Art/ Collection/ Art Object

Cased Set of a Flintlock Rifle, a Pair of Pistols, and Accessories

Nicolas Noël Boutet (French, Versailles and Paris, 1761–1833)
ca. 1800
French, Versailles
Steel, wood (walnut, mahogany), silver, gold, horn, velvet
L. of rifle 43 1/2 in. (110.5 cm); L. of barrel of rifle 27 5/8 in. (70.2 cm); Cal. of rifle .64 in. (16.3 mm); Wt. of rifle 6 lb. 7 oz. (2920 g); L. of each pistol 17 in. (43.17 cm); L. of barrel 11 5/8 in. (29.53 cm); Cal. of each pistol .52 in. (13.2 mm); Wt. of each pistol 2 lbs. 2 oz. (963.9 g); Dim. of case 46 7/16 x 15 15/16 x 2 3/16 in. (118 x 40.5 x 5.5 cm)
Credit Line:
Fletcher Fund, 1970
Accession Number:
On view at The Met Fifth Avenue in Gallery 375
The Revolution of 1789 and the subsequent rise of Napoleon, first as consul (1799–1804) and then as emperor (1804–14), brought about a dramatic change in the design and decoration of French firearms. The principal innovator was Nicholas Noël Boutet (1761–1833), who was named directeur-artiste of the newly formed Versailles Arms Manufactory in 1792. While the Versailles factory was the principal producer of regulation weapons for the French armies, Boutet was also charged with creating richly decorated arms for presentation to military heroes and foreign heads of state.

Firearms of this period, like the rifle illustrated, show an unequaled technical perfection and precision of workmanship. The delicate Rococo style associated with the ancien régime was abandoned and replaced by the more masculine classicism of the Empire style with its references to Greco-Roman and Egyptian motifs. Gunstocks were inlaid with engraved sheet silver and gold, and the mounts were often of heavy silver cast in bold relief. The decoration included trophies of arms and scenes of classical battles and victories that implied France's military glory.

A cased set of this type was among the most luxurious offerings of the Boutet Manufactory. It includes a lavishly decorated rifle, matching pistols, and a full array of tools and accessories necessary to load and unload the weapons or to disassemble them for cleaning or maintenance.
Inscription: Rifle: Barrel (serial number, at side) 55 (makers mark, underneath) DB within wreath.
Pistols: Barrels (serial number, at side) 56 Locks (inidentified lockmaker, insdie) JQ
Assembly marks: X,  (These marks found on almost every individual part of lock, stock and barrel of pistols; they also occur on carbine, but are less numerous)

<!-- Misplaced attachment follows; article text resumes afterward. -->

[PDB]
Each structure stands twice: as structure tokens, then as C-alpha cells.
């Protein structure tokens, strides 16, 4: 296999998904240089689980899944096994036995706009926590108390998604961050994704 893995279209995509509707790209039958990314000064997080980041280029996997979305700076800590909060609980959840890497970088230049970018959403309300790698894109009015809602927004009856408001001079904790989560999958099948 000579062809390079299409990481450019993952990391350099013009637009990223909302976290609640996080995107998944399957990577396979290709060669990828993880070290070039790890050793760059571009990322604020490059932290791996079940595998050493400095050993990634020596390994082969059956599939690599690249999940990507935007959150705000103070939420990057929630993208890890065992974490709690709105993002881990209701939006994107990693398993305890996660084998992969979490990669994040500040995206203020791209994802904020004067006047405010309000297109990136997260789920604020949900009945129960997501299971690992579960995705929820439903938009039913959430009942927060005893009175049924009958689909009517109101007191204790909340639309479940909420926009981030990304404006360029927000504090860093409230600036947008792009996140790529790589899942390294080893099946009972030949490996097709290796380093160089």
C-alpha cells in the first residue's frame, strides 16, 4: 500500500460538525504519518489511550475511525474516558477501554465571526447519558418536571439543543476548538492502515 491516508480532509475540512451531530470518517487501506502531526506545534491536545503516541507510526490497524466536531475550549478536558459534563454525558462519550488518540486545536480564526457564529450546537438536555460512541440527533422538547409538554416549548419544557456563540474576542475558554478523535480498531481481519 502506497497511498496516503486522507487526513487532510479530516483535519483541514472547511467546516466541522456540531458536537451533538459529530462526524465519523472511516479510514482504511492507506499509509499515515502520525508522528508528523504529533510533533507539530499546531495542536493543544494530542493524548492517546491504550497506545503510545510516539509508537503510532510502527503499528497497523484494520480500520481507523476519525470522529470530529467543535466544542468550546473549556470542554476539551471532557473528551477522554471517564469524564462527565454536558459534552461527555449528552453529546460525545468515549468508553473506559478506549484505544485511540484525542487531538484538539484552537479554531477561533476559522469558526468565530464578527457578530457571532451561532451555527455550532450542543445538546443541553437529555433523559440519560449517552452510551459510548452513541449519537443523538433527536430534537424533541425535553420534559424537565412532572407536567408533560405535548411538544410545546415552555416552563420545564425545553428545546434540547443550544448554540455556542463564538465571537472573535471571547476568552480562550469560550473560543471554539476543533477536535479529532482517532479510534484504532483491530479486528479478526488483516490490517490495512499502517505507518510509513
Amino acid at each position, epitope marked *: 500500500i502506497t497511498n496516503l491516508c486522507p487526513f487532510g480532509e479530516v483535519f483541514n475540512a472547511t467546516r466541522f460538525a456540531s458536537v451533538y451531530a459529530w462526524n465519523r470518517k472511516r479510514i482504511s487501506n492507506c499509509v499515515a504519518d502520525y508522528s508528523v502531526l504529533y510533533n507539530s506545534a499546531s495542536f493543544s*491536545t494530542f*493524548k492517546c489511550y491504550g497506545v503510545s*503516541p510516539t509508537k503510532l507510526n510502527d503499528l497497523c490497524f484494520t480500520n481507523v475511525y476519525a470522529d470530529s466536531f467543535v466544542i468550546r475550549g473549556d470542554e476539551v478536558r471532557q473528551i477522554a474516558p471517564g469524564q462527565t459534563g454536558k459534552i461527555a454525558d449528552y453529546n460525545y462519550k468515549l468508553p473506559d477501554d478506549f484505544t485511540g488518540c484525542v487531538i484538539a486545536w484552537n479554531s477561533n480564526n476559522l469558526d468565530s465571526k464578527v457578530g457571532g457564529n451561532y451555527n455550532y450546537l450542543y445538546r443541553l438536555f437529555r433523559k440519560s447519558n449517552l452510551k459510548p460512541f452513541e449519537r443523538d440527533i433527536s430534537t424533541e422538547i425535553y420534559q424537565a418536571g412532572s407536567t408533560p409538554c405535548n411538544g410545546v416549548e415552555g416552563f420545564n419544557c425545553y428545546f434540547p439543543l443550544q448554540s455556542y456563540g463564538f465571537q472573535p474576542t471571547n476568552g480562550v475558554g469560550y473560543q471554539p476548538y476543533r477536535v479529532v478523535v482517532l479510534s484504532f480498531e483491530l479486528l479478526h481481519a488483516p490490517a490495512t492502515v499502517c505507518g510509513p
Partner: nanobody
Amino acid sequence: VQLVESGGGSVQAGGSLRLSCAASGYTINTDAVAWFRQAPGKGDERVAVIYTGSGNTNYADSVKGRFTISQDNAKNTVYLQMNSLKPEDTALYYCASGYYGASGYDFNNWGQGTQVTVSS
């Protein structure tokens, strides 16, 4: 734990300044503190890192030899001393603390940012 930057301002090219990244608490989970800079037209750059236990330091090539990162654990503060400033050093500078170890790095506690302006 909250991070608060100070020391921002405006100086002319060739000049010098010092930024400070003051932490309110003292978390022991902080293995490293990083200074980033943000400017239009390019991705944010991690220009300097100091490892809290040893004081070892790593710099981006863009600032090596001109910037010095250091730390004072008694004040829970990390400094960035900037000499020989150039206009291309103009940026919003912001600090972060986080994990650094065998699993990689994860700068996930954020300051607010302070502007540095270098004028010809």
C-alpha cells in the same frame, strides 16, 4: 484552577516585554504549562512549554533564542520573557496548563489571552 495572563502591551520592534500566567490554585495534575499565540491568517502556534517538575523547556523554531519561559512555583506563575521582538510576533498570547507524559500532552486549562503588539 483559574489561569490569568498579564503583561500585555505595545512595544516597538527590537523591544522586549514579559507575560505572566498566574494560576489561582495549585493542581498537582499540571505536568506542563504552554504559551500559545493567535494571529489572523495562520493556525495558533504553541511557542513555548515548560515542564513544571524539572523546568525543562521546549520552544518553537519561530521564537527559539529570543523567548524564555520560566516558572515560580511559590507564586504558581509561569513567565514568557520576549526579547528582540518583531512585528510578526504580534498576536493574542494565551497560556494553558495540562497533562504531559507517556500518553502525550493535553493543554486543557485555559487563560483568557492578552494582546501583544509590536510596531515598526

Inscriptons: Rifle: Barrel (in script, along top): Boutet Directeur Artiste Manufrre a Versailles
Lockplate: BOUTET a Versailles
Escutcheon (in Cyrillic): Nicolai Pompeyevich Shabelski
Stock (stamped beneath sideplate): NICHOLAS DE CHABELSKY ST RAPHAEL VAR FRANCE
Rifle: Buttplate: 29·NOVEMBER·1900·PARIS
Pistols: Barrels (in script, along top): Boutet a Versailles
Lockplates: BOUTET a Versailles
Triggerguards (in Cyrillic): Nicolai pompeyevich Shabelski (in monogram) NS
Accessories: Powderflask: Entreprise Boutet Manufacre a Versailles
Case (on silver escutcheon): Manuf* a Versailles Entrepse Boutet

(1) octagon containing cock with number 1 to left (official assay mark - poinçon de titre - denoting first standard silver (0.950) for period 1798-1809)
(2) oval containing number 88 separated by head of old man (excise mark - poinçon de garantie - used in Seine-Inférieure Départment for large-sized work, 1798-1809)
(3) lozenge containing initials JM separated by pellet, five pointed star above, seven pellets below in form of grape cluster
(maker's mark, unidentified)
Ex. coll.: Bidal (?); G. Diderrich.
Grancsay, Stephen V. "Napoleon's Gunmaker." The American Rifleman 96, no. 7 (July 1948). pp. 35–38, ill.

Masterpieces of Fifty Centuries. New York: The Metropolitan Museum of Art, 1970. no. 360, ill.

Nickel, Helmut. Ullstein-Waffenbuch: Eine Kulturhistorische Waffenkunde mit Markenverzeichnis. Berlin: Ullstein, 1974. p. 253, ill.

Nickel, Helmut. "Arms and Armor." In The Metropolitan Museum of Art: Notable Acquisitions, 1965–1975. New York: The Metropolitan Museum of Art, 1975. p. 43, ill.

Nickel, Helmut. "Arms and Armor From the Permanent Collection." The Metropolitan Museum of Art Bulletin 49, no. 1 (Summer 1991). pp. 46, 64, ill.

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